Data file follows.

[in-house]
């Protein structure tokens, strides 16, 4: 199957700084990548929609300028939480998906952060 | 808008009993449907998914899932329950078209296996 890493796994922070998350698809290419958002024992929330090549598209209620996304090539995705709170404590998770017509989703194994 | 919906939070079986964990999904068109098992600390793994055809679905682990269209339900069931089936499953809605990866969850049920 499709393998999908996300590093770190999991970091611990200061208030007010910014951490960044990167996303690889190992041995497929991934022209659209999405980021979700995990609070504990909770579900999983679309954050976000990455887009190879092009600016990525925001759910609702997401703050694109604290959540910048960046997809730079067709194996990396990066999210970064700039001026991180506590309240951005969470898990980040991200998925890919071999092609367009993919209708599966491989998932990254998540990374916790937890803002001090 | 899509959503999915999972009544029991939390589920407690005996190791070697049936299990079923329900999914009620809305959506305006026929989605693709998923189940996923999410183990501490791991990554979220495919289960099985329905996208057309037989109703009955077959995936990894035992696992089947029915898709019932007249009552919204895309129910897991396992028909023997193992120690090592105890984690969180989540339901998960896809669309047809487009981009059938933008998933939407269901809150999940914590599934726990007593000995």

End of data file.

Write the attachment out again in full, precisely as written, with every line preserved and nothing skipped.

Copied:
[in-house]
């Protein structure tokens, strides 16, 4: 199957700084990548929609300028939480998906952060 | 808008009993449907998914899932329950078209296996 890493796994922070998350698809290419958002024992929330090549598209209620996304090539995705709170404590998770017509989703194994 | 919906939070079986964990999904068109098992600390793994055809679905682990269209339900069931089936499953809605990866969850049920 499709393998999908996300590093770190999991970091611990200061208030007010910014951490960044990167996303690889190992041995497929991934022209659209999405980021979700995990609070504990909770579900999983679309954050976000990455887009190879092009600016990525925001759910609702997401703050694109604290959540910048960046997809730079067709194996990396990066999210970064700039001026991180506590309240951005969470898990980040991200998925890919071999092609367009993919209708599966491989998932990254998540990374916790937890803002001090 | 899509959503999915999972009544029991939390589920407690005996190791070697049936299990079923329900999914009620809305959506305006026929989605693709998923189940996923999410183990501490791991990554979220495919289960099985329905996208057309037989109703009955077959995936990894035992696992089947029915898709019932007249009552919204895309129910897991396992028909023997193992120690090592105890984690969180989540339901998960896809669309047809487009981009059938933008998933939407269901809150999940914590599934726990007593000995």